Older Dogs Who Didn’t Like Our New Puppy — Part 2
This story is a continuation of “Older Dogs, New Puppy — A Tale of Jealousy, Depression and Labrador Retrievers”. When we left off, our older dogs were tolerating Lucy, but seemed pretty unhappy that she had joined our ‘family’.
Older Dogs, New Puppy — A Tale of Jealousy, Depression and Labrador Retrievers
“What made you decide to get a puppy?” several people asked me, “Two dogs not enough?’
Lucy, on the other hand, adored the big labs. She bounced after them and on them, wanting to wrestle. She seemed oblivious to their disdain for her and only backed off when one of them growled or snapped at her.
My husband definitely felt we had made a mistake and I was certainly having my doubts.
My first glimmer of hope came one night as I was walking all three of them. Sam lay down in the grass and wriggled on his back. At first I thought he was just scratching, but then I realized, no. Sam was daring Lucy to jump him, which she did and he promptly tossed her off — playfully! It only lasted a moment and then Sam returned to ignoring Lucy, but it felt like a turning point to me.
Sam and Josie seemed to have moved past being repulsed by Lucy and avoiding her to ignoring her and were creeping towards accepting her into their pack. The article I referenced before had said that 3 weeks was frequently how long it took for dogs to adjust to the idea of a new puppy and that pretty closely matched our experience.
We next entered a phase where it seemed that Sam and Josie were okay that Lucy arrived. They didn’t move away from her, resumed normal dog behavior and adjusted. They even let her hang out with them. Often Lucy hanging out with Sam looked like this:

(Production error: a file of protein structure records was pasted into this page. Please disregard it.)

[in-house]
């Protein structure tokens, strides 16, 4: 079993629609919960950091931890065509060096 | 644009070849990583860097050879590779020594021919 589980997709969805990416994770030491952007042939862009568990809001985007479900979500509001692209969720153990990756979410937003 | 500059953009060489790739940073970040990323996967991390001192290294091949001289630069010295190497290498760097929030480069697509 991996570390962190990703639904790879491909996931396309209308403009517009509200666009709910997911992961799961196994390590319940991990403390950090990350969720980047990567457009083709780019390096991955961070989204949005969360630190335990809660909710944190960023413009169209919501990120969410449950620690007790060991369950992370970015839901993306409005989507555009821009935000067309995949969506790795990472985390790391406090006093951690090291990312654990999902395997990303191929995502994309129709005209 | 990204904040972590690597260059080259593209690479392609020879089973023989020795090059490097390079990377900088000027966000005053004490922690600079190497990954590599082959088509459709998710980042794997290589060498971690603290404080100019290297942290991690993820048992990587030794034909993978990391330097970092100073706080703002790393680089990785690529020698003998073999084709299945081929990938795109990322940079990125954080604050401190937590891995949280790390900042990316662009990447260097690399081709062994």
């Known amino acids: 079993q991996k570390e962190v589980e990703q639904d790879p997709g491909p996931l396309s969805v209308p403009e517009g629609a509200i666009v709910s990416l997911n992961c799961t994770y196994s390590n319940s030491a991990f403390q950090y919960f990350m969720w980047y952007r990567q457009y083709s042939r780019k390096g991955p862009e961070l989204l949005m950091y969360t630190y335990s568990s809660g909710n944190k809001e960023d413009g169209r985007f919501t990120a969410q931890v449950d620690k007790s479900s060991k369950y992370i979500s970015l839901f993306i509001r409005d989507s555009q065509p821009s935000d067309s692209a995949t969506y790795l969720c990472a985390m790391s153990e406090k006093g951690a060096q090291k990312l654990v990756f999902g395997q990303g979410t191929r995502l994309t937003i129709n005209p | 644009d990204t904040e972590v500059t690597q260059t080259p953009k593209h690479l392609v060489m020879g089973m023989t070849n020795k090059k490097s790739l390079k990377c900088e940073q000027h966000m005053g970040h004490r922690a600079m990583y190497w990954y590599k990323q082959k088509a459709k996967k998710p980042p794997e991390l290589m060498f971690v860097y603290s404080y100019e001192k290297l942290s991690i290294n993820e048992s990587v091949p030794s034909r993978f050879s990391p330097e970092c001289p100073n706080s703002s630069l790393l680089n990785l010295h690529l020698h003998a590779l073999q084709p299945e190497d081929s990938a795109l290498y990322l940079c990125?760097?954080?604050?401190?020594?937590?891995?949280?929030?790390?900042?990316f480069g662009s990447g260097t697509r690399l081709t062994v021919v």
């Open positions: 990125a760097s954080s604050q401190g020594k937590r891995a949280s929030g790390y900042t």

Still there were other moments when Sam initiated some interaction, mostly stealing those toys Lucy loved so much and trotting around with them wagging his tail.
Overall I felt that Lucy’s arrival had increased our two older dogs level of activity. John was still not convinced of the positive effect, commenting that just because Sam had adjusted, didn’t mean he was happy.
Again, Lucy continued to work her way into the pack. Often it looked like she waited until they were sleeping to make her move. Here all 3 dogs are on a Coolaroo designed for one Labrador. I’m pretty sure the order they climbed on were Josie and Sam and then Lucy. Had they accepted her being there or were they just sleeping so soundly they didn’t notice?
Photos and images perhaps show the shift of the relationship best. Here again my guess is that Josie (our grand old girl) lay down first. Then Sam came over to be by Josie (his mother) and finally Lucy joined in.
However the photos that most clearly show where they are at now I never seem to be able to capture. We’ve seen both Josie and Sam choose to rest their chin on Lucy’s back. They’ve moved beyond acceptance and into love.
Lucy is the bounciest, barkiest Labrador we’ve ever owned however and as Sam and Josie became more fond of her, she lost some of my husband’s affection for her. So, I can say that our older dogs learned first to get along with the new puppy, and secondly to love her and we are still working on the ‘happily ever after’ portion. Our current challenges can be a story for another day.
Thanks for reading. Good luck with your pups and if you enjoyed reading this article, you might also like:
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